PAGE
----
“I had spent most of my childhood thinking I was a dog, and suspect I had aged in dog years. By the time I was ten I had discovered the pain of unbearable loss. I had felt joy and jealousy. Most important of all, I knew how to love and how to let myself be loved. All these things I learned through animals. Horses and dogs were my family and my friends. This is their story as much as it is mine.”
Clare Balding grew up in an unusual household. Her father a champion horse trainer, they shared their lives with more than one hundred thoroughbred racehorses, mares, foals, and ponies, as well as an ever-present pack of dogs, on a sprawling estate in the Hampshire Downs. As a child, Clare happily rode the legendary racehorse Mill Reef and received her first pony, Valkyrie, as a gift from Her Majesty the Queen of England.
But Clare ranked low in the family pecking order—as a girl, she was decidedly below her younger brother, and both of them were certainly below the horses. Left to her own devices, she had to learn life’s toughest lessons through the animals, and through her adventures in the stables and the surrounding idyllic English countryside.
From her struggles at boarding school to her triumphs as an amateur jockey and event rider, Clare weaves her own coming-of-age story through portraits of the beloved horses and dogs, from the protective Candy to the unruly Frank, who were her earliest friends.
The running family joke was that “women ain’t people.” Clare has to prove them wrong, to make her voice heard—but first she had to make sure she had something to say. My Animals and Other Family is a witty, brave, and moving account of stumbling—often literally—into one’s true self.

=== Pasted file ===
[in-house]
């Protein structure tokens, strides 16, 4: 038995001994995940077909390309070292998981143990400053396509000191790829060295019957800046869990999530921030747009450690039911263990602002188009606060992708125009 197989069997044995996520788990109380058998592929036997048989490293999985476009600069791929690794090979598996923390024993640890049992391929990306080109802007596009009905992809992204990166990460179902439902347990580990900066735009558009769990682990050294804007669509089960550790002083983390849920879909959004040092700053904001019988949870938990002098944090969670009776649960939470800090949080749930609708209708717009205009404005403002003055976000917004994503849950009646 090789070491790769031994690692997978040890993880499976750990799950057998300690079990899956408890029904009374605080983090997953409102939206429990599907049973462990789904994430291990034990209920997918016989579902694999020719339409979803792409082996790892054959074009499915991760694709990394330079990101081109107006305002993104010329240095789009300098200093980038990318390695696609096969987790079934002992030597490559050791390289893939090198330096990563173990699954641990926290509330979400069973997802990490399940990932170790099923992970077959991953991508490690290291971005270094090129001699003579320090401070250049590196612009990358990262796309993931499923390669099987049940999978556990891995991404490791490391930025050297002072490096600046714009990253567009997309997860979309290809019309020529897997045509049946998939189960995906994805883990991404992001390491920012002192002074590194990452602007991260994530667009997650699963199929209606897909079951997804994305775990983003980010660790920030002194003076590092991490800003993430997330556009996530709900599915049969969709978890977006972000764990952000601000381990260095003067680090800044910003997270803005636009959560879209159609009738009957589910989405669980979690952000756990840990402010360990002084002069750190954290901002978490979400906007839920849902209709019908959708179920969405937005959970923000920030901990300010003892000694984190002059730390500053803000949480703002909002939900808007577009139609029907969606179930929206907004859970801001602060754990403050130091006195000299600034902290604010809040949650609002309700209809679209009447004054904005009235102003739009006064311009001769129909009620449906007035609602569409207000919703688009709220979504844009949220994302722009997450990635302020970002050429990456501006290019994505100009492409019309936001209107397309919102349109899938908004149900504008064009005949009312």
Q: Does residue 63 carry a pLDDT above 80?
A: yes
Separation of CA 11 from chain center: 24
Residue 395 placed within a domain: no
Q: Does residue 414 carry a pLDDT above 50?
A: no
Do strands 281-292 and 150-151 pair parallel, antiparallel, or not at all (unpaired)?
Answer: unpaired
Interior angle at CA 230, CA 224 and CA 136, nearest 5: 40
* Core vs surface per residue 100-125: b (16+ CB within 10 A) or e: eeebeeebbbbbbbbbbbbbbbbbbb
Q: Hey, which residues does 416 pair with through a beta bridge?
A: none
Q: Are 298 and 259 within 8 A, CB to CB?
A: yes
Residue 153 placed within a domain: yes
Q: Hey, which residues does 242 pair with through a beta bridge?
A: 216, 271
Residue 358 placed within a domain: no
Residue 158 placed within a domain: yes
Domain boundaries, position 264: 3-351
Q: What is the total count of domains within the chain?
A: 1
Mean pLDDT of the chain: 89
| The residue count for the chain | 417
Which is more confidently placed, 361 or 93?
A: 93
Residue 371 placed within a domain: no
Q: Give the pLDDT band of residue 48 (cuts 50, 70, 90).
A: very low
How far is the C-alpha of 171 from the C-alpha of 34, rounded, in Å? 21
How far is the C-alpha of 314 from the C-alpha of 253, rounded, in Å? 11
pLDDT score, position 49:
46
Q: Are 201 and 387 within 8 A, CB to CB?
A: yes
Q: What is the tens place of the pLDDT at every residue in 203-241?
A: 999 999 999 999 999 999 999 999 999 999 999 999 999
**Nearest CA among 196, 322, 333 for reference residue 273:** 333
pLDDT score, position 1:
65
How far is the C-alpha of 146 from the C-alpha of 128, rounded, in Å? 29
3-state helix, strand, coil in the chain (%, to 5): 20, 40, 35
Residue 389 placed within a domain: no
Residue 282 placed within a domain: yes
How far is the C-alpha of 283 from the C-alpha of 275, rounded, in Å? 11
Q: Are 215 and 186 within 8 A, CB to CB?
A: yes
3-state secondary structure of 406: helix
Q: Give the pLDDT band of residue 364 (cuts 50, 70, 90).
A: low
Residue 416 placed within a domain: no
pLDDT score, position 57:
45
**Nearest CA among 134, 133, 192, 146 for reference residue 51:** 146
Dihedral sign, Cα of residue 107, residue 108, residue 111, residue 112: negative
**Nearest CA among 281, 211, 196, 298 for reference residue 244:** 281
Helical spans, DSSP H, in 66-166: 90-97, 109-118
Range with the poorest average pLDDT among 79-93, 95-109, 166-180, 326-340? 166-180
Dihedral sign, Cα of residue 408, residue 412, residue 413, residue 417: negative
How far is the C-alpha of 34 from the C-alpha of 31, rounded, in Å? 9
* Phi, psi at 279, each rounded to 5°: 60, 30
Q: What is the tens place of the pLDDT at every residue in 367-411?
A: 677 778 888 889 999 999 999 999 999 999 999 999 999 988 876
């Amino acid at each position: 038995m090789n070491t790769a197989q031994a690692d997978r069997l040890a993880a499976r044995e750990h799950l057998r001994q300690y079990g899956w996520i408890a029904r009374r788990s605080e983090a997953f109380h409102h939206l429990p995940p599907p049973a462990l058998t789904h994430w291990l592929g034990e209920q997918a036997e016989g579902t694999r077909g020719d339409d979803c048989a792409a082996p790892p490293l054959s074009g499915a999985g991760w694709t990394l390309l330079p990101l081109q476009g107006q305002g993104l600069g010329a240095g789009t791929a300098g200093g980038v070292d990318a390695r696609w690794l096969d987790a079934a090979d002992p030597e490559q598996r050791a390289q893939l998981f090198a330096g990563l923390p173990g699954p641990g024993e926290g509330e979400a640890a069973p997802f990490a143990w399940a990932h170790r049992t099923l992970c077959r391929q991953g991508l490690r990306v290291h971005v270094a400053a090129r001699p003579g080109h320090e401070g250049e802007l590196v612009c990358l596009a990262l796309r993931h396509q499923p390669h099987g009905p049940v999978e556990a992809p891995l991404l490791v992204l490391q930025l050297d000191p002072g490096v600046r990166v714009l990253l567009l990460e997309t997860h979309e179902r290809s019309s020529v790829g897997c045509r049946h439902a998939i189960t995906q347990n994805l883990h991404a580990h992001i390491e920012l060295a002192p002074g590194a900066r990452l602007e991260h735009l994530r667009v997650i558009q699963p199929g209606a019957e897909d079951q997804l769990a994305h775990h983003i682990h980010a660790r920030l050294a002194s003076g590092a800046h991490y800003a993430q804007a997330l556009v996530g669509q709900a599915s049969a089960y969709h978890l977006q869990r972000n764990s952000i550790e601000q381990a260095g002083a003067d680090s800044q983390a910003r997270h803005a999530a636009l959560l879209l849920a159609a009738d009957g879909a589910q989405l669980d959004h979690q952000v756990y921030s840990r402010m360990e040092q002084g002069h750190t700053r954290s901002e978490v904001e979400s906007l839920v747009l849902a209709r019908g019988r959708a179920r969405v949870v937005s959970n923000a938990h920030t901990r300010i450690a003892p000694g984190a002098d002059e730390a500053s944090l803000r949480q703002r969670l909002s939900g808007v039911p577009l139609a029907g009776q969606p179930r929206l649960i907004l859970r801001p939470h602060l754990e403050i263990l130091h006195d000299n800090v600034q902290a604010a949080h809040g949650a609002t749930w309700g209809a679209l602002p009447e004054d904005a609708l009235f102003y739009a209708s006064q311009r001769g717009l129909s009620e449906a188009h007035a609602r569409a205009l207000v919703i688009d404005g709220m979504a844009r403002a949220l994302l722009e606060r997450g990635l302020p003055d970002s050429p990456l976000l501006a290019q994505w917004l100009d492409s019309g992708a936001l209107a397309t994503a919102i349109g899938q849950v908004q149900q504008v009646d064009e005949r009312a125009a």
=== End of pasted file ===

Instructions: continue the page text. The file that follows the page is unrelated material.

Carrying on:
This memoir by BBC sports broadcaster and former equestrian Balding, first published in the U.K. in 2012, rollicks along like one of her beloved horses. Those horses (and some dogs) are the animals of the title; her "other family" consists of her father, top horse trainer Ian Balding, mother Emma, brother Andrew, and "formidable" grandmother, Priscilla Hastings. Despite the fact that her family isn't always the most affectionate, and her recollections of purging to make weight for horse races, this isn't a memoir about hardships, but one in which Balding's love of her animals and life shine through. The early chapters are filled with stories of favorite ponies and childhood hijinks, such as the time she almost spilled milk on the visiting Queen Elizabeth. Balding advances from riding ponies to eventing and flat races, culminating in her winning of the amateur title, Champion Lady Rider, in 1990. A short epilogue covers her post-racing life, including presenting for the BBC, and her relationship with her civic partner, Alice. This memoir is all British and all about horses, so readers who don't understand the stone as a unit of measure or know a canter from a trot may be lost. Readers who stick with this through the last furlong, though, will find a book full of heart.
What a great read. Saw the author on Graham Norton's show. I couldn't wait to read it. How can a book be happy and sad at the same time? It was both and I highly recommend this book to all. As we all have this family, maybe not all the animals